Stitching it all together

With priority locations selected and shared water challenges identified, it would give a sense of what issues to cover and the spatial and temporal nature to consider. For example, perhaps you had a production site in a catchment (e.g., San Gabriel) near Los Angeles (Figure 1) that was concerned about scarcity issues. Since scarcity is a function of an annual cycle (rain/snow & drought cycle), month-by-month management makes sense. Spatial scales will run up to the source waters, which in the case of LA is challenging since it covers not only the local mountains (likely captured by the Level 7 basin in the figure), but also transfers from the Central Valley/Sierra Nevada Mountains as well as the Colorado River (which are in fact at a scale closer to HydroBASIN Level 4). In such a case, maintaining base flows

(especially during the dry summer months) for the downstream component of the San Gabriel river could form part of the target for the Level 7 catchment. In addition, there may be some aim to minimize use that draws from the Colorado & Central Valley during their low-flow periods.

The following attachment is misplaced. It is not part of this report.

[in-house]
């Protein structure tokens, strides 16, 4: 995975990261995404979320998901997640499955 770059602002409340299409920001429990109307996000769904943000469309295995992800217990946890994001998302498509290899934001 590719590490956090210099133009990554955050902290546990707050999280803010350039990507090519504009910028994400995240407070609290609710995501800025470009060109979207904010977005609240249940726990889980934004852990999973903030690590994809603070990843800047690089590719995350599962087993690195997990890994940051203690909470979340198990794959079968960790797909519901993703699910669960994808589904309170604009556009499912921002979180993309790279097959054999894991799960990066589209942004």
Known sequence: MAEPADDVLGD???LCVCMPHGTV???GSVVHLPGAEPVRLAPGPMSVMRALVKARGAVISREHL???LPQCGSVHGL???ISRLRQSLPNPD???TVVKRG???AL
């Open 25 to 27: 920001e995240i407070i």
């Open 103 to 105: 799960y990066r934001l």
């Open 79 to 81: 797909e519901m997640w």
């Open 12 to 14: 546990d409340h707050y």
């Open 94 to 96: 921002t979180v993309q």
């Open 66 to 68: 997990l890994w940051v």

Scales — both spatial and temporal — are a challenging aspect to context-based water targets. Both spatial and temporal scale will need to be addressed during in the development of a CBWT in a way that results in a meaningful target. This will mean respecting dynamic spatio-temporal contextual thresholds while at the same time, being simple and consistent enough to offer viable management plans/actions.

It is not a simple challenge, but WWF is actively working with its partners to pilot some initial thinking with respect to guidance for spatial and temporal scale selection and we will seek to publish this when it has been developed further. If one thing is for certain, CBWTs are a learning journey for us all!